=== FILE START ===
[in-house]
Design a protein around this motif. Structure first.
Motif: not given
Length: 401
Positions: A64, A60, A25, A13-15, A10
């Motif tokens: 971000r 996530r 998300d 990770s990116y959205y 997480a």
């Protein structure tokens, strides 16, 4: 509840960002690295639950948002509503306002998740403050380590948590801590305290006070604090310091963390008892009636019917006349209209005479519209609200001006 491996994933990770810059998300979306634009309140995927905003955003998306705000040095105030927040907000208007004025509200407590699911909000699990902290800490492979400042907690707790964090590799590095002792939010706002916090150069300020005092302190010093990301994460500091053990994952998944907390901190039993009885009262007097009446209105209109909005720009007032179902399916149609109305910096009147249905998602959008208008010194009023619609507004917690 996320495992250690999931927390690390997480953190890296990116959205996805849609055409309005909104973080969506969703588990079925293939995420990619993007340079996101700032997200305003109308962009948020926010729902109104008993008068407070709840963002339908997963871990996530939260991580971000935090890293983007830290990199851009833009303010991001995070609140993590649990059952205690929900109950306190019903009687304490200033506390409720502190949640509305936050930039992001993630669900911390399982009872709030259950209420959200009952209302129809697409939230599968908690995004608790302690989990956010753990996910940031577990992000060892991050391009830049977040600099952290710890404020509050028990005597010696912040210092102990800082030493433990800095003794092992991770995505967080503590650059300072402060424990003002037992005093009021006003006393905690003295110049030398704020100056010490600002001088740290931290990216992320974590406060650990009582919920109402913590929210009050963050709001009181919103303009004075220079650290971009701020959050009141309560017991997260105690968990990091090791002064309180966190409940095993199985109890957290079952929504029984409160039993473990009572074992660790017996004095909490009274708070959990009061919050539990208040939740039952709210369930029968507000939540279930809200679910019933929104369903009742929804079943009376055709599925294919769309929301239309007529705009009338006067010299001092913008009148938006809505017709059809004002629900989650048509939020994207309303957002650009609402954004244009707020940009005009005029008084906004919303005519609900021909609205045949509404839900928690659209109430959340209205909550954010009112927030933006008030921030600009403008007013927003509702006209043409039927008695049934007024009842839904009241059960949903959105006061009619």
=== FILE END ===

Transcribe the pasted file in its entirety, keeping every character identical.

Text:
[in-house]
Design a protein around this motif. Structure first.
Motif: not given
Length: 401
Positions: A64, A60, A25, A13-15, A10
């Motif tokens: 971000r 996530r 998300d 990770s990116y959205y 997480a």
């Protein structure tokens, strides 16, 4: 509840960002690295639950948002509503306002998740403050380590948590801590305290006070604090310091963390008892009636019917006349209209005479519209609200001006 491996994933990770810059998300979306634009309140995927905003955003998306705000040095105030927040907000208007004025509200407590699911909000699990902290800490492979400042907690707790964090590799590095002792939010706002916090150069300020005092302190010093990301994460500091053990994952998944907390901190039993009885009262007097009446209105209109909005720009007032179902399916149609109305910096009147249905998602959008208008010194009023619609507004917690 996320495992250690999931927390690390997480953190890296990116959205996805849609055409309005909104973080969506969703588990079925293939995420990619993007340079996101700032997200305003109308962009948020926010729902109104008993008068407070709840963002339908997963871990996530939260991580971000935090890293983007830290990199851009833009303010991001995070609140993590649990059952205690929900109950306190019903009687304490200033506390409720502190949640509305936050930039992001993630669900911390399982009872709030259950209420959200009952209302129809697409939230599968908690995004608790302690989990956010753990996910940031577990992000060892991050391009830049977040600099952290710890404020509050028990005597010696912040210092102990800082030493433990800095003794092992991770995505967080503590650059300072402060424990003002037992005093009021006003006393905690003295110049030398704020100056010490600002001088740290931290990216992320974590406060650990009582919920109402913590929210009050963050709001009181919103303009004075220079650290971009701020959050009141309560017991997260105690968990990091090791002064309180966190409940095993199985109890957290079952929504029984409160039993473990009572074992660790017996004095909490009274708070959990009061919050539990208040939740039952709210369930029968507000939540279930809200679910019933929104369903009742929804079943009376055709599925294919769309929301239309007529705009009338006067010299001092913008009148938006809505017709059809004002629900989650048509939020994207309303957002650009609402954004244009707020940009005009005029008084906004919303005519609900021909609205045949509404839900928690659209109430959340209205909550954010009112927030933006008030921030600009403008007013927003509702006209043409039927008695049934007024009842839904009241059960949903959105006061009619």